On this day we celebrate like we are all Irish, not only because of the great beer and food, but there’s always the feeling of Spring’s arrival in the air. The question you may be asking yourself is “How in the heck does this holiday have anything to do with lawns or lawn care”. Well, you have the luck of the Irish today, me laddie! (Leprechaun voice attempted there). Because here we will describe and connect the history of St. Patricks Day, Clover, & Common Wood Sorrel. It’s sure to become the type of useless knowledge that flows freely at the table after a few drinks.
“Never iron a four leaf clover because you don’t want to press your luck!”
According to History.com “St. Patrick’s Day is celebrated annually on March 17, the anniversary of his death in the fifth century’. The legacy of St. Patrick is often mixed between lure and religious history. One story dictates that he was responsible for bringing Christianity to the country. Other more fantastic stories of the saint describe him as banishing all the snakes from the country, thereby clearing it of all evil.
One interesting contradiction to this myth is that scientists now believe that there were never any snakes, or reptiles for that matter, in Ireland. Also Green wasn’t the original color used to honor the saint, up until the 19th century it was Blue!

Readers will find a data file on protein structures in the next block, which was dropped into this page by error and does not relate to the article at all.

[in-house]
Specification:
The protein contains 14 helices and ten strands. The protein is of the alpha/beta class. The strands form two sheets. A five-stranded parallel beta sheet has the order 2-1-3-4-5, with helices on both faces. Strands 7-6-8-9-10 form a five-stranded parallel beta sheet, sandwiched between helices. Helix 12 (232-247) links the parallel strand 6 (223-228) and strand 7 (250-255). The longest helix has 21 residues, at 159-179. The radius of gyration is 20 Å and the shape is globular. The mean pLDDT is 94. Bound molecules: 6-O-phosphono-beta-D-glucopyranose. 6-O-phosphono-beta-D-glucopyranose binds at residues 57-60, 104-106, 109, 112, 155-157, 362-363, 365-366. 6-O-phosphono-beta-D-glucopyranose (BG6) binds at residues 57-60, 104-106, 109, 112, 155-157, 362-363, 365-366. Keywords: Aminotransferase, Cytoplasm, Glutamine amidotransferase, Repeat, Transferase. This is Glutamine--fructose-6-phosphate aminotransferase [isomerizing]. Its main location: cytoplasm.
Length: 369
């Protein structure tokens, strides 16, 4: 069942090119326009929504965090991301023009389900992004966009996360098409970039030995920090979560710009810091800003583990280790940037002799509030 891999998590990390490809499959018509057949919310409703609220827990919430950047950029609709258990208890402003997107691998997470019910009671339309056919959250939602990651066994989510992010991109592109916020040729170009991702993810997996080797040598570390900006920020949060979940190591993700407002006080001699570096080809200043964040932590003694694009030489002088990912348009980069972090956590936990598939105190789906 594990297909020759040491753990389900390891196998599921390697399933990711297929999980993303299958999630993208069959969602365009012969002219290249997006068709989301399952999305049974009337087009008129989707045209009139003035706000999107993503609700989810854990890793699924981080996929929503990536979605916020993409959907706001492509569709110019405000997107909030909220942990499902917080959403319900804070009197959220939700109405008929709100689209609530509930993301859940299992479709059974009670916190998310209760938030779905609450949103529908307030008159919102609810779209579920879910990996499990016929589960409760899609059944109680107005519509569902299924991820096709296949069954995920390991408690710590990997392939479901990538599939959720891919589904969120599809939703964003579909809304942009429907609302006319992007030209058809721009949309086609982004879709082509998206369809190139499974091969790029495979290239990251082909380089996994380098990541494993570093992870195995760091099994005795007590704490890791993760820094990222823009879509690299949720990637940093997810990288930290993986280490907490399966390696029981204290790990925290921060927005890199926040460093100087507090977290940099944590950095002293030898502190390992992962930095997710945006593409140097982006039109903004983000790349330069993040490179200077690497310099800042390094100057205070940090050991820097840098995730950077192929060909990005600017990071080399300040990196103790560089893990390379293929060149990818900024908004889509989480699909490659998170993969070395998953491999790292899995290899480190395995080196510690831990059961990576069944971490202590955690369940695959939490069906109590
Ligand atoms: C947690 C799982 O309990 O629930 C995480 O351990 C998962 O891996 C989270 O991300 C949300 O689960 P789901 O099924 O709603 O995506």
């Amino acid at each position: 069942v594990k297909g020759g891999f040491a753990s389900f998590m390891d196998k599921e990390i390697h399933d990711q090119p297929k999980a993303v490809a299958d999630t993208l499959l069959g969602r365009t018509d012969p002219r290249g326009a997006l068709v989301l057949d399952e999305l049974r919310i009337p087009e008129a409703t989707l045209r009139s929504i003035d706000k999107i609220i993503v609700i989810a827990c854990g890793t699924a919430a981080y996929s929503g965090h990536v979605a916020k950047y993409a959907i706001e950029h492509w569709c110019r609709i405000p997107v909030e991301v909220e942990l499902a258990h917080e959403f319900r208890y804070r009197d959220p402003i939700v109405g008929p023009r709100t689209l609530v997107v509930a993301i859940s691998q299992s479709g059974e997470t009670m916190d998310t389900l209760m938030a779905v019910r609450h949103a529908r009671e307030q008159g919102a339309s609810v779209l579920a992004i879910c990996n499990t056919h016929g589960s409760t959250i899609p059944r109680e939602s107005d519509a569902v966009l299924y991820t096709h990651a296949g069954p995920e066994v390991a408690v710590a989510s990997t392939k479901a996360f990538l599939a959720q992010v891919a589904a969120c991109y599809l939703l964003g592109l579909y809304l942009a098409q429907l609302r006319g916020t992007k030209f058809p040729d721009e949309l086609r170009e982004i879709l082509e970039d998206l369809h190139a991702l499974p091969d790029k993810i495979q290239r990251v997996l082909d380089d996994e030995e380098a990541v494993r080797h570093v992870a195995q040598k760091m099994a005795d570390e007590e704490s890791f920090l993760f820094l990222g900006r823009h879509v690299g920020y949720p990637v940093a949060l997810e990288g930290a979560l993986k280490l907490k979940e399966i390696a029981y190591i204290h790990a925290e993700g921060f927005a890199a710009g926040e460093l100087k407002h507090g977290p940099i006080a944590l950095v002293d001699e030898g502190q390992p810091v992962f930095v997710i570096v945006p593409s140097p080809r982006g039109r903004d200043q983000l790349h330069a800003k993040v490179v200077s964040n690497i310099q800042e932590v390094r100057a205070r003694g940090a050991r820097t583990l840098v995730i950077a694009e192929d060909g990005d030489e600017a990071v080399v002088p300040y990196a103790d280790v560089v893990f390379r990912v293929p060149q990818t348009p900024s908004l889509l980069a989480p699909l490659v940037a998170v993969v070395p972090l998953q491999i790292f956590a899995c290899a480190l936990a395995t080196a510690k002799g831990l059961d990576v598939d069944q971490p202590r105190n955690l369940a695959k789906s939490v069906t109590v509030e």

Clover is a very common lawn “plant” that grows in almost all climates. The term “plant” is used because the debate over whether it is a weed can be more polarizing than contemporary politics. Whether you classify it as a weed or not, clover has a long history of being the “brand image” of the St. Patrick’s Day holiday.
It is thought that the saint used the 3 leaf clover to explain the holy trinity to his followers. The saga has morphed over 1,000 years into associating the discovery of the rare 4 leaf variant signifying purity and luck. But before you gloss over the rest of this article, here’s where things get a little interesting…
… Some historians claim there is evidence that St. Patrick not have used Clover during his demonstrations, but rather another common and identical weed know as Yellow Wood Sorrel. Wood Sorrel is found in just about all the same climates and abundance as clover. The leaves are similar, but much more “heart” shaped. It blooms with white flowers, whereas clover usually produces white flowers.
Even in modern times, it would be near impossible to distinguish the two with an untrained eye, especially in the setting that existed at that time. However, just imagine that for a 1,000 years, devout Irish Catholics around the world might have revered the wrong plant after all.